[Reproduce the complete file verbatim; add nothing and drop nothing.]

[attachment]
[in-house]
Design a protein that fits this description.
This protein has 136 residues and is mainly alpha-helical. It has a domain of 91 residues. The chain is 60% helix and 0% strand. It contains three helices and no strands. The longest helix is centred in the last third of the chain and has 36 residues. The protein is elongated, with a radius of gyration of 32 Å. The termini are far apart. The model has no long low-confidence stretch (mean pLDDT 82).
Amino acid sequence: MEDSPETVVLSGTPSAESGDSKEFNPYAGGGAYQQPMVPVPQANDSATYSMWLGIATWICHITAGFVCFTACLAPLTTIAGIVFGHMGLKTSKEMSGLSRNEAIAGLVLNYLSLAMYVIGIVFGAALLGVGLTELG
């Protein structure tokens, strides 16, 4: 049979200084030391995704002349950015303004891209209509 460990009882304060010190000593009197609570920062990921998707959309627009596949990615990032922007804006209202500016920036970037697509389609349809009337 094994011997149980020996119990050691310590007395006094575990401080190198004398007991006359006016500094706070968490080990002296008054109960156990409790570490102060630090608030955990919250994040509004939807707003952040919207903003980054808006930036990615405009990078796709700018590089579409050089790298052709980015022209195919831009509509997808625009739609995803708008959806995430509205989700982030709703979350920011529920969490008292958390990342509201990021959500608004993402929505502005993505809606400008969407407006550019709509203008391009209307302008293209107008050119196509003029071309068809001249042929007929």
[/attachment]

[in-house]
Design a protein that fits this description.
This protein has 136 residues and is mainly alpha-helical. It has a domain of 91 residues. The chain is 60% helix and 0% strand. It contains three helices and no strands. The longest helix is centred in the last third of the chain and has 36 residues. The protein is elongated, with a radius of gyration of 32 Å. The termini are far apart. The model has no long low-confidence stretch (mean pLDDT 82).
Amino acid sequence: MEDSPETVVLSGTPSAESGDSKEFNPYAGGGAYQQPMVPVPQANDSATYSMWLGIATWICHITAGFVCFTACLAPLTTIAGIVFGHMGLKTSKEMSGLSRNEAIAGLVLNYLSLAMYVIGIVFGAALLGVGLTELG
């Protein structure tokens, strides 16, 4: 049979200084030391995704002349950015303004891209209509 460990009882304060010190000593009197609570920062990921998707959309627009596949990615990032922007804006209202500016920036970037697509389609349809009337 094994011997149980020996119990050691310590007395006094575990401080190198004398007991006359006016500094706070968490080990002296008054109960156990409790570490102060630090608030955990919250994040509004939807707003952040919207903003980054808006930036990615405009990078796709700018590089579409050089790298052709980015022209195919831009509509997808625009739609995803708008959806995430509205989700982030709703979350920011529920969490008292958390990342509201990021959500608004993402929505502005993505809606400008969407407006550019709509203008391009209307302008293209107008050119196509003029071309068809001249042929007929």